Media in South Asia
PRIME MINISTER Ratnasiri
Wickremanayake addressing journalists from South Asia on
Saturday spoke of their collective responsibility towards
eliminating poverty in the region.
Speaking at the inauguration of the South Asia Free Media
Associationís sixth anniversary the Premier also expounded on
the role of the media while dwelling on the rapidly expanding
He also spoke of the need of mediamen to cultivate a social
consciousness. Premier Wickremanayake who is known not to mince
his words also touched on the concept of media freedom.
He said many Sri Lankans viewed media freedom as a licence by
some to cater to sectarian and anti-national interests. He
qualified his statement though by saying not all media
practitioners here belonged to this category.
Expanding further on the topic the Premier dwelt on tendency
of the Western media to amuse and titillate saying this should
not necessarily be the role of the Asian journalist who should
play a more serious and responsible role.
True, there are many common features where Asiaís journalists
could come together such as tackling poverty and the fight
What is therefore required is a watertight mechanism where
journalists in the region could share their knowledge and
resources towards such endevours.
Measures should also be devised to enable journalists of
South Asia to expand contacts so that common interests could be
Intra-SAARC Visa restrictions should be eased for journalists
and more exchange programmes must be initiated among the
regionís newspapers, some of which are world famous.
It goes without saying that the role of the media has
undergone a drastic transformation in the past two decades both
in subject matter and outlook.
While the Premierís contention that South Asiaís journalists
should form a bloc is welcome, the question is whether the
rapidly changing frontiers of journalism would permit such a
After all, journalism too has succumbed to globalisation,
with news becoming a commodity sold 24/7 on worldwide satellite
and Internet networks.
The end of the Cold War and the realignment of hitherto
hostile nations too has seen a shift in the overview of the
South Asian scribe.
Burgeoning global conflicts and political turbulence have
become our daily staple to such an extent that the modern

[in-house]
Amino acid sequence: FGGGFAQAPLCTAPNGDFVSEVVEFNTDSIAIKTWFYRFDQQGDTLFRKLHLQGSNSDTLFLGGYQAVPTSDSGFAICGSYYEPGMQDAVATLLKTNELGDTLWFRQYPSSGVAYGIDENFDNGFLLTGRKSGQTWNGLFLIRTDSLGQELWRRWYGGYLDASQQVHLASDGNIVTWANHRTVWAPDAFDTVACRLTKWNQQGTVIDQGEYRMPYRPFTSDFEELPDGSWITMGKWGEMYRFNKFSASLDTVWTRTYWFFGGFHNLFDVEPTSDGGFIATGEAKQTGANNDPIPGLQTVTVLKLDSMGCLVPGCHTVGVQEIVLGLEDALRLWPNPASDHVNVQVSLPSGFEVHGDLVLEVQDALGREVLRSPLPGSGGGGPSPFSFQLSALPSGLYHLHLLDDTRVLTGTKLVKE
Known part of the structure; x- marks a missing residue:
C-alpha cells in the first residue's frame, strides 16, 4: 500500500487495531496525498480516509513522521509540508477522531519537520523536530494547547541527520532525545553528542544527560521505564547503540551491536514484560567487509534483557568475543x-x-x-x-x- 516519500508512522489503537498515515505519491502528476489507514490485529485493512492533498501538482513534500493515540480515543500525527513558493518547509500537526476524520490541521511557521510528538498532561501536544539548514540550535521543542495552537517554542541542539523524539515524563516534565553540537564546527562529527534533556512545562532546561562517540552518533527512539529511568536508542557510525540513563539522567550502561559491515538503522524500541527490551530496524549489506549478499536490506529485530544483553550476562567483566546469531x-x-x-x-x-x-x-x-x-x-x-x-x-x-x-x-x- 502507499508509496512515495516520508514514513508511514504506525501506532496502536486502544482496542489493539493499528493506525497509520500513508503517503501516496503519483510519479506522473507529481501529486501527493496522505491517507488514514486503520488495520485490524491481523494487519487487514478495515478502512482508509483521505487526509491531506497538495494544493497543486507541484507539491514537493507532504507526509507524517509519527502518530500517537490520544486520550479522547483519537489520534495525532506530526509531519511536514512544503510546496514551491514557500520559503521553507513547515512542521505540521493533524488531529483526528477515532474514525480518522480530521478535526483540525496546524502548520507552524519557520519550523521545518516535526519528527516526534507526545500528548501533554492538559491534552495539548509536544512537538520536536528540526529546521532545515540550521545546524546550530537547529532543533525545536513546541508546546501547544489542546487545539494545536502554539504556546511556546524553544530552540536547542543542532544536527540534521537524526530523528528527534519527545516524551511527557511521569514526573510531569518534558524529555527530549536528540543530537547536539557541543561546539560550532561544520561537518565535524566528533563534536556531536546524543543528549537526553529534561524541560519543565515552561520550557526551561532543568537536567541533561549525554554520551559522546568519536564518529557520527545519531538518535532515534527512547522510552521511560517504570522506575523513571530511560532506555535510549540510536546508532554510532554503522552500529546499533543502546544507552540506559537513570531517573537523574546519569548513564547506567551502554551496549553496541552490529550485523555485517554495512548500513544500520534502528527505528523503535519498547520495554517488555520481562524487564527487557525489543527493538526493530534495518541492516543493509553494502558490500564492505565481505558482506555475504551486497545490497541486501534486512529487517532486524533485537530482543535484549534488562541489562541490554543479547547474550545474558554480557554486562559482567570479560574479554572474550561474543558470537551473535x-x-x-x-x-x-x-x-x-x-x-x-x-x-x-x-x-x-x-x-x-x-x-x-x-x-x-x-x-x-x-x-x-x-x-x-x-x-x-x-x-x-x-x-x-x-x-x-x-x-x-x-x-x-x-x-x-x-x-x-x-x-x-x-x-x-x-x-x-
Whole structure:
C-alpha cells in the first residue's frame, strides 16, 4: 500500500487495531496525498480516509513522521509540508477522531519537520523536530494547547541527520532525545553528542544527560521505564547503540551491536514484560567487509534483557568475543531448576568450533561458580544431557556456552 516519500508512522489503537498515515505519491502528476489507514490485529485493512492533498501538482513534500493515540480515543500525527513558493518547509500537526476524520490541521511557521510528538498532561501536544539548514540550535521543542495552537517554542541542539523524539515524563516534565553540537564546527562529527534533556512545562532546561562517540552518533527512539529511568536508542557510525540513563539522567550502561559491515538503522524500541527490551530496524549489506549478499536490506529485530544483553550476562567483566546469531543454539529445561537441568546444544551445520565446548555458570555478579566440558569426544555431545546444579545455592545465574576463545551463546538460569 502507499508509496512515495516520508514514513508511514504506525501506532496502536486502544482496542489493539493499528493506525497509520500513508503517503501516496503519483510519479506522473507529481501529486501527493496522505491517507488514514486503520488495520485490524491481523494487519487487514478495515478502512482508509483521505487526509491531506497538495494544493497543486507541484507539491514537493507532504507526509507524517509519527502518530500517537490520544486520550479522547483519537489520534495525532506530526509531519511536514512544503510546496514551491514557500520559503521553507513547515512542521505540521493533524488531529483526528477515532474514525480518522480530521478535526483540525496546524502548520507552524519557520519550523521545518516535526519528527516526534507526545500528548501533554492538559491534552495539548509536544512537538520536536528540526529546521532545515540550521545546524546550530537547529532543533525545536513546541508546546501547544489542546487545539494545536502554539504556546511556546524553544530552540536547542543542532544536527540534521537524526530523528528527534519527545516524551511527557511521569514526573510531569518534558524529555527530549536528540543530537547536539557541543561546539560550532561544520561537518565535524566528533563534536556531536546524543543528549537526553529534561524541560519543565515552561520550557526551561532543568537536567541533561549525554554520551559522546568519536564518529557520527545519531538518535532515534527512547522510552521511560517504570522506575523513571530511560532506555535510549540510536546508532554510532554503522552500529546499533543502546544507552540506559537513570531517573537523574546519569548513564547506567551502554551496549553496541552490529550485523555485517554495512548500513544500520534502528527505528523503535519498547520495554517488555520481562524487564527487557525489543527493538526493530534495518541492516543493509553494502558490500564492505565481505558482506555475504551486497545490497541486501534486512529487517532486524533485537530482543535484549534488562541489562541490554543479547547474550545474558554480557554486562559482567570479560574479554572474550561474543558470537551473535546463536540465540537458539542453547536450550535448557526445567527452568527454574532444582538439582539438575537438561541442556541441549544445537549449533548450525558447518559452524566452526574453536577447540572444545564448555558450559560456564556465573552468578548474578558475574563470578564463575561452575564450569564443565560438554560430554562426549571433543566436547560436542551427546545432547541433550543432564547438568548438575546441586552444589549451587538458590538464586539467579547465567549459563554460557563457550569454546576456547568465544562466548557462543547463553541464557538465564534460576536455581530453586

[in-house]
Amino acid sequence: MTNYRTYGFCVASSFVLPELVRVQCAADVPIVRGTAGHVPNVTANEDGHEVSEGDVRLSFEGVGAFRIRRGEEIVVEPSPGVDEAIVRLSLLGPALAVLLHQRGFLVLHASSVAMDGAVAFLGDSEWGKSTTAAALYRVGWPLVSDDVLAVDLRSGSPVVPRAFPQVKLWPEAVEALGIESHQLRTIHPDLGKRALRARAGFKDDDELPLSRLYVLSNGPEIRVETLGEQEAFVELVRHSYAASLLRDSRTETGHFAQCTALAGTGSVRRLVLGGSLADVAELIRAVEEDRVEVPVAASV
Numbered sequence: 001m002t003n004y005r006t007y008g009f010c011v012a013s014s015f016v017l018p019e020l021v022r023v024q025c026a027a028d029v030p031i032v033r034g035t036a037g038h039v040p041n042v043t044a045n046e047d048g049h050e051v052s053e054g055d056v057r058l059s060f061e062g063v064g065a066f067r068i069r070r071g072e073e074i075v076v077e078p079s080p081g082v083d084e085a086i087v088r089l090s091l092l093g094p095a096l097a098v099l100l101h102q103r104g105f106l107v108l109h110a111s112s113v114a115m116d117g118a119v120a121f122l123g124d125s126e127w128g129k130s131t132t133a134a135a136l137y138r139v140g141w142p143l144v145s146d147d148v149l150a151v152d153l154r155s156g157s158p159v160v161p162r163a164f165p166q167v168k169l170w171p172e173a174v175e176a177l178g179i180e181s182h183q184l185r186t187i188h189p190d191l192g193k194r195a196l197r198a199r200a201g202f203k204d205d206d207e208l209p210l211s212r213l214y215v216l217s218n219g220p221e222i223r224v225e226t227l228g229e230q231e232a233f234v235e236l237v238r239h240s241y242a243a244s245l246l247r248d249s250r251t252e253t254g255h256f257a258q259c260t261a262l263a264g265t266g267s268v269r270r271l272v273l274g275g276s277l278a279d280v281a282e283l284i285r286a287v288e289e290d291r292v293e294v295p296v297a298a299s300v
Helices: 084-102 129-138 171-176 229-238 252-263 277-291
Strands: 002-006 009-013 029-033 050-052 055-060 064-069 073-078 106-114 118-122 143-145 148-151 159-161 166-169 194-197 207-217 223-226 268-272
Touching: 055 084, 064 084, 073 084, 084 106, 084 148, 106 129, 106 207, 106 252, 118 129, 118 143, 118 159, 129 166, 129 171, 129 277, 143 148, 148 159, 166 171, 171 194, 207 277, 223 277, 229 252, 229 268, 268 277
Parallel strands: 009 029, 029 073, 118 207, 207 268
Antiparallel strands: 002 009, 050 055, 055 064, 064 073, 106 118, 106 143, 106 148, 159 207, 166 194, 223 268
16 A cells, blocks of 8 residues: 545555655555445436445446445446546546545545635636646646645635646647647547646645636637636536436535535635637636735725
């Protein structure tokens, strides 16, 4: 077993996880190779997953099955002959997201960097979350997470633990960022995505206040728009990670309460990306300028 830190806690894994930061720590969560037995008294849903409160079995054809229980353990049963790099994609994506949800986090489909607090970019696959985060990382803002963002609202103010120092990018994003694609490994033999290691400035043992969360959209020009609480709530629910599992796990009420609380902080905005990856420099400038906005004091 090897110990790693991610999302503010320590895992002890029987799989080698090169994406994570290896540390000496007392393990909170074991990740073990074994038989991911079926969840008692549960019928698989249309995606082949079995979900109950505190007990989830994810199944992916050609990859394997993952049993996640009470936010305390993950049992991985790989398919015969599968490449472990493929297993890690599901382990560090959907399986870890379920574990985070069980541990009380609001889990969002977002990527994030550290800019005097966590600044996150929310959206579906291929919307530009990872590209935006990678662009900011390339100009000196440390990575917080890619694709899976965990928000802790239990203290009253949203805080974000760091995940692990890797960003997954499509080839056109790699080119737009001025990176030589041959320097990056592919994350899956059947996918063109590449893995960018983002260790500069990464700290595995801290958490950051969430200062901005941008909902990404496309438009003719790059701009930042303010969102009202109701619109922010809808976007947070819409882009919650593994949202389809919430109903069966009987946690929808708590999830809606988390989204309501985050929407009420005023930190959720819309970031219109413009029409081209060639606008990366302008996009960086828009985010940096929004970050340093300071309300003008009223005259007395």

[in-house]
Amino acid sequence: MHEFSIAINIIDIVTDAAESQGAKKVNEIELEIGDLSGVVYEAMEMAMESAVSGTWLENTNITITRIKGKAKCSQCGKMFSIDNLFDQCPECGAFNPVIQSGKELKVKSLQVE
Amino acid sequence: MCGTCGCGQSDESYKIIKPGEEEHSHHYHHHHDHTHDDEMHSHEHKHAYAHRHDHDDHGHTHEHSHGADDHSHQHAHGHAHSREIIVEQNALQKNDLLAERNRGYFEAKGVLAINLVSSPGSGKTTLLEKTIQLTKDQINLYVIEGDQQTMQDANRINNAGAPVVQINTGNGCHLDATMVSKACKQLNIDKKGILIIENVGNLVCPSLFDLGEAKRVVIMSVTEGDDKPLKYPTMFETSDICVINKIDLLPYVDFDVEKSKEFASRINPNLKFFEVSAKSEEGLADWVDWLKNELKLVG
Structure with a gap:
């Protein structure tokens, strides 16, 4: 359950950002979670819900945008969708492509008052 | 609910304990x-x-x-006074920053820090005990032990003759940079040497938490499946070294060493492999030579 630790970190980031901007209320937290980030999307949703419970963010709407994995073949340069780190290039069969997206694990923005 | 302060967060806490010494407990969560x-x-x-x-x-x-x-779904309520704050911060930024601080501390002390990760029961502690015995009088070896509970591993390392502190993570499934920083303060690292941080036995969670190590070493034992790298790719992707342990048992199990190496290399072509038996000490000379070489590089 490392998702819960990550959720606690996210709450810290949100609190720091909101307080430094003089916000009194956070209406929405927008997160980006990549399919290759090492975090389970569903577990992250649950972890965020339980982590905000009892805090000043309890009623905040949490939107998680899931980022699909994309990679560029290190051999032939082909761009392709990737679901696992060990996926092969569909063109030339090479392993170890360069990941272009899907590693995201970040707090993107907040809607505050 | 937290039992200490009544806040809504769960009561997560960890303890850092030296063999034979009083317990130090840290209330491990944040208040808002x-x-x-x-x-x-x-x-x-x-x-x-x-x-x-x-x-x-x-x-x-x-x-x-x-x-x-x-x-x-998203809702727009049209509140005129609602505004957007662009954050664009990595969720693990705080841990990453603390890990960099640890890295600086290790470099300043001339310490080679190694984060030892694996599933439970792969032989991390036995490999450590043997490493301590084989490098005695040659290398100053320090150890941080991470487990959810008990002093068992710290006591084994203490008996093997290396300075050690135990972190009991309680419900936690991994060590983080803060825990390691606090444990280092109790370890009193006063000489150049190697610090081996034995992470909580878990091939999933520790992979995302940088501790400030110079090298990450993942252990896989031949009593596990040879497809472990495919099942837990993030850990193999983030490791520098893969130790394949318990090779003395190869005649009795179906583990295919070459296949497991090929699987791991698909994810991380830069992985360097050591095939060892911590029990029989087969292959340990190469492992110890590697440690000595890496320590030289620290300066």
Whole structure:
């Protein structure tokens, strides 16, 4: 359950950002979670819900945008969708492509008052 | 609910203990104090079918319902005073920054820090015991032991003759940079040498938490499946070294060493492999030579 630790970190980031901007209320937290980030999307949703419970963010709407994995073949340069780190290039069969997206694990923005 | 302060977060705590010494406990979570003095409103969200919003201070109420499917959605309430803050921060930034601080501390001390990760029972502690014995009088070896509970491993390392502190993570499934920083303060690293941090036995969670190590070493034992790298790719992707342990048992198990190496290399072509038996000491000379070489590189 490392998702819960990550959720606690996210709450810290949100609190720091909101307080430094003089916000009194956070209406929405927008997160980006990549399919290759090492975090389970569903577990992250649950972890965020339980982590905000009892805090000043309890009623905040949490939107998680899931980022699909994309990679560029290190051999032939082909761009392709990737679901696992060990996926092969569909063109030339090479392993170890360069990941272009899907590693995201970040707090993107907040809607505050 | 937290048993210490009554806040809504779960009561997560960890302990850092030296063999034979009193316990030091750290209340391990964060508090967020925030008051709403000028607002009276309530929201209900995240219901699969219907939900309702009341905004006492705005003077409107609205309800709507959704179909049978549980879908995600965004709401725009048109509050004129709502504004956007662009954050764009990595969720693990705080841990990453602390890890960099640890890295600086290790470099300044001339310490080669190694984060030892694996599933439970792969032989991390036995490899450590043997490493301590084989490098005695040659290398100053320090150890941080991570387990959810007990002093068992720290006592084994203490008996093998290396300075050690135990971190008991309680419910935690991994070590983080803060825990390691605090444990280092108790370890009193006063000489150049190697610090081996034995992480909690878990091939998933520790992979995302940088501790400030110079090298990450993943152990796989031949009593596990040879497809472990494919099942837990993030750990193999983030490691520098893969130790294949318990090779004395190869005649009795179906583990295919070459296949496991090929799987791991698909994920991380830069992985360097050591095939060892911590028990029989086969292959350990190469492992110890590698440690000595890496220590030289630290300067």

journalist is required to make several adaptations and veer off
the beaten track. It has thrust him into an unenviable role to
provide information to the public without losing credibility.
Members of the media are faced with multifaceted challenges
as never before and the quest for seeking information has even
put his life on the line on many an occasion while trying to
keep the public informed of unfolding developments.
Nothing has highlighted the plight of the journalist more
than the numerous abductions and executions of mediamen on
assignments in war torn Iraq and Afghanistan.
Like their colleagues the world over the role of the Lankan
journalist too has assumed a special significance in the context
of the ethnic conflict. With this paradigm shift the media in
Sri Lanka has been thrust into the forefront to play the role of
the fourth estate only behind the Executive, Legislature and the
By and large Sri Lanka has a vibrant media culture and the
preponderance of media institutions that are critical of the
Government speaks volumes for the free run enjoyed by media
practitioners to ply their trade in a climate of
Of course there had been abberations along the way and Sri
Lanka cannot be unique in this connection. What is needed is a
right balance between freedom and responsibility.
A free press is a powerful tool that shapes public opinion.
Thus there is a need for certain safeguards that should be
resorted to in the dissemination of sensitive information. Above
all it should be worthy of its description as the watchdog of